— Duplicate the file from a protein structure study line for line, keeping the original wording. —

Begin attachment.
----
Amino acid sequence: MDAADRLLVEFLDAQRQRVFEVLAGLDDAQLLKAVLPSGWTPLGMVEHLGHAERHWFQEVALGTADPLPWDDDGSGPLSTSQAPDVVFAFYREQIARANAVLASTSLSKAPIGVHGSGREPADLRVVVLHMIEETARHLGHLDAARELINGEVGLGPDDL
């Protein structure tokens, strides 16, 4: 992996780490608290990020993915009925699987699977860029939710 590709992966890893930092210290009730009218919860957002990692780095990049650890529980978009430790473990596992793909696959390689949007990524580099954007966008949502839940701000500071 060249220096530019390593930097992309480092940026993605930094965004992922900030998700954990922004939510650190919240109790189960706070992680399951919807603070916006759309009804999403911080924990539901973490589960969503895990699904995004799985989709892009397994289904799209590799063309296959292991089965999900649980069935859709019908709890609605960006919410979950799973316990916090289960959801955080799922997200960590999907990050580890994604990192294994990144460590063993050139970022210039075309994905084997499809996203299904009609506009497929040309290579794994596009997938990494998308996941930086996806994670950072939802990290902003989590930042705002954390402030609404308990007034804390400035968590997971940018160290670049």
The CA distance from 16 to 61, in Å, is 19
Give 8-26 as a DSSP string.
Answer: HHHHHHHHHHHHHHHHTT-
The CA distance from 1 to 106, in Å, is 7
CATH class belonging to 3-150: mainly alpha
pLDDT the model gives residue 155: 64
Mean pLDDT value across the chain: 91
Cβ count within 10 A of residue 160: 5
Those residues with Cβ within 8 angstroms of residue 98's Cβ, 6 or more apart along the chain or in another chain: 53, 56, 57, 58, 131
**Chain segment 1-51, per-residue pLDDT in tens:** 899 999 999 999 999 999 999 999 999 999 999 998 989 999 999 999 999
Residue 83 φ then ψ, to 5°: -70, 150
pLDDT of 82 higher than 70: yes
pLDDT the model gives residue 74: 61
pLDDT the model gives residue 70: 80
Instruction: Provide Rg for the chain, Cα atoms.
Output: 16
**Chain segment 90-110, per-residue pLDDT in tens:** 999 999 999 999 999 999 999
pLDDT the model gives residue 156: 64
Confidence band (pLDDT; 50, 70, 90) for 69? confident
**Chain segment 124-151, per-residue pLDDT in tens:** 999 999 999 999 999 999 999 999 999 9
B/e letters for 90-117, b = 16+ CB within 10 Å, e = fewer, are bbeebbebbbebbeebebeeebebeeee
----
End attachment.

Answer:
Amino acid sequence: MDAADRLLVEFLDAQRQRVFEVLAGLDDAQLLKAVLPSGWTPLGMVEHLGHAERHWFQEVALGTADPLPWDDDGSGPLSTSQAPDVVFAFYREQIARANAVLASTSLSKAPIGVHGSGREPADLRVVVLHMIEETARHLGHLDAARELINGEVGLGPDDL
């Protein structure tokens, strides 16, 4: 992996780490608290990020993915009925699987699977860029939710 590709992966890893930092210290009730009218919860957002990692780095990049650890529980978009430790473990596992793909696959390689949007990524580099954007966008949502839940701000500071 060249220096530019390593930097992309480092940026993605930094965004992922900030998700954990922004939510650190919240109790189960706070992680399951919807603070916006759309009804999403911080924990539901973490589960969503895990699904995004799985989709892009397994289904799209590799063309296959292991089965999900649980069935859709019908709890609605960006919410979950799973316990916090289960959801955080799922997200960590999907990050580890994604990192294994990144460590063993050139970022210039075309994905084997499809996203299904009609506009497929040309290579794994596009997938990494998308996941930086996806994670950072939802990290902003989590930042705002954390402030609404308990007034804390400035968590997971940018160290670049």
The CA distance from 16 to 61, in Å, is 19
Give 8-26 as a DSSP string.
Answer: HHHHHHHHHHHHHHHHTT-
The CA distance from 1 to 106, in Å, is 7
CATH class belonging to 3-150: mainly alpha
pLDDT the model gives residue 155: 64
Mean pLDDT value across the chain: 91
Cβ count within 10 A of residue 160: 5
Those residues with Cβ within 8 angstroms of residue 98's Cβ, 6 or more apart along the chain or in another chain: 53, 56, 57, 58, 131
**Chain segment 1-51, per-residue pLDDT in tens:** 899 999 999 999 999 999 999 999 999 999 999 998 989 999 999 999 999
Residue 83 φ then ψ, to 5°: -70, 150
pLDDT of 82 higher than 70: yes
pLDDT the model gives residue 74: 61
pLDDT the model gives residue 70: 80
Instruction: Provide Rg for the chain, Cα atoms.
Output: 16
**Chain segment 90-110, per-residue pLDDT in tens:** 999 999 999 999 999 999 999
pLDDT the model gives residue 156: 64
Confidence band (pLDDT; 50, 70, 90) for 69? confident
**Chain segment 124-151, per-residue pLDDT in tens:** 999 999 999 999 999 999 999 999 999 9
B/e letters for 90-117, b = 16+ CB within 10 Å, e = fewer, are bbeebbebbbebbeebebeeebebeeee